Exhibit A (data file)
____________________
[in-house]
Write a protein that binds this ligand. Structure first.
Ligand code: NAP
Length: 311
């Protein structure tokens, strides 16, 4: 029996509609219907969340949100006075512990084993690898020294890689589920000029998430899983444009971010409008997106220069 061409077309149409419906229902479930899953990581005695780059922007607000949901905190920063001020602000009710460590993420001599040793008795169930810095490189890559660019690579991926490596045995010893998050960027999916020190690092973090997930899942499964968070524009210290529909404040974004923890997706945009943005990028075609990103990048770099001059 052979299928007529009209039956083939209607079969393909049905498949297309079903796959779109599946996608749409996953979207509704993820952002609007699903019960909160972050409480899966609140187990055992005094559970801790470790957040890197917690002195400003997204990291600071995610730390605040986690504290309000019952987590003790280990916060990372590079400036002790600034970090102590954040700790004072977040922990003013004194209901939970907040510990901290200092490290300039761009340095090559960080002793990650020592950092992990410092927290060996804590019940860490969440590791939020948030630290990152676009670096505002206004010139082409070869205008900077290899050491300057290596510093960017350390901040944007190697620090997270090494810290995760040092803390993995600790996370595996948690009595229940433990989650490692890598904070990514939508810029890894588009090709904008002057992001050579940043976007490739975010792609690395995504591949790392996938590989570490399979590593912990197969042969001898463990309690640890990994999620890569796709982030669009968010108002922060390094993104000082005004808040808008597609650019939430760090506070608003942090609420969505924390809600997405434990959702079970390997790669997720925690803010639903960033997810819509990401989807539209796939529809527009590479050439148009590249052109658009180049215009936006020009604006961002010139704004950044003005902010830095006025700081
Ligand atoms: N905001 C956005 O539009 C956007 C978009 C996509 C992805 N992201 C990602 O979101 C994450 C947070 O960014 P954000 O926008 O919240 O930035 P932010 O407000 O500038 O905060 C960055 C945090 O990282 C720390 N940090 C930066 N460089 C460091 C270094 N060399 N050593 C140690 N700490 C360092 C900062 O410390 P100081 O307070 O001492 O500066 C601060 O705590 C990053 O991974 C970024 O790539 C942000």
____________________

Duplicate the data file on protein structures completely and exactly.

[in-house]
Write a protein that binds this ligand. Structure first.
Ligand code: NAP
Length: 311
């Protein structure tokens, strides 16, 4: 029996509609219907969340949100006075512990084993690898020294890689589920000029998430899983444009971010409008997106220069 061409077309149409419906229902479930899953990581005695780059922007607000949901905190920063001020602000009710460590993420001599040793008795169930810095490189890559660019690579991926490596045995010893998050960027999916020190690092973090997930899942499964968070524009210290529909404040974004923890997706945009943005990028075609990103990048770099001059 052979299928007529009209039956083939209607079969393909049905498949297309079903796959779109599946996608749409996953979207509704993820952002609007699903019960909160972050409480899966609140187990055992005094559970801790470790957040890197917690002195400003997204990291600071995610730390605040986690504290309000019952987590003790280990916060990372590079400036002790600034970090102590954040700790004072977040922990003013004194209901939970907040510990901290200092490290300039761009340095090559960080002793990650020592950092992990410092927290060996804590019940860490969440590791939020948030630290990152676009670096505002206004010139082409070869205008900077290899050491300057290596510093960017350390901040944007190697620090997270090494810290995760040092803390993995600790996370595996948690009595229940433990989650490692890598904070990514939508810029890894588009090709904008002057992001050579940043976007490739975010792609690395995504591949790392996938590989570490399979590593912990197969042969001898463990309690640890990994999620890569796709982030669009968010108002922060390094993104000082005004808040808008597609650019939430760090506070608003942090609420969505924390809600997405434990959702079970390997790669997720925690803010639903960033997810819509990401989807539209796939529809527009590479050439148009590249052109658009180049215009936006020009604006961002010139704004950044003005902010830095006025700081
Ligand atoms: N905001 C956005 O539009 C956007 C978009 C996509 C992805 N992201 C990602 O979101 C994450 C947070 O960014 P954000 O926008 O919240 O930035 P932010 O407000 O500038 O905060 C960055 C945090 O990282 C720390 N940090 C930066 N460089 C460091 C270094 N060399 N050593 C140690 N700490 C360092 C900062 O410390 P100081 O307070 O001492 O500066 C601060 O705590 C990053 O991974 C970024 O790539 C942000």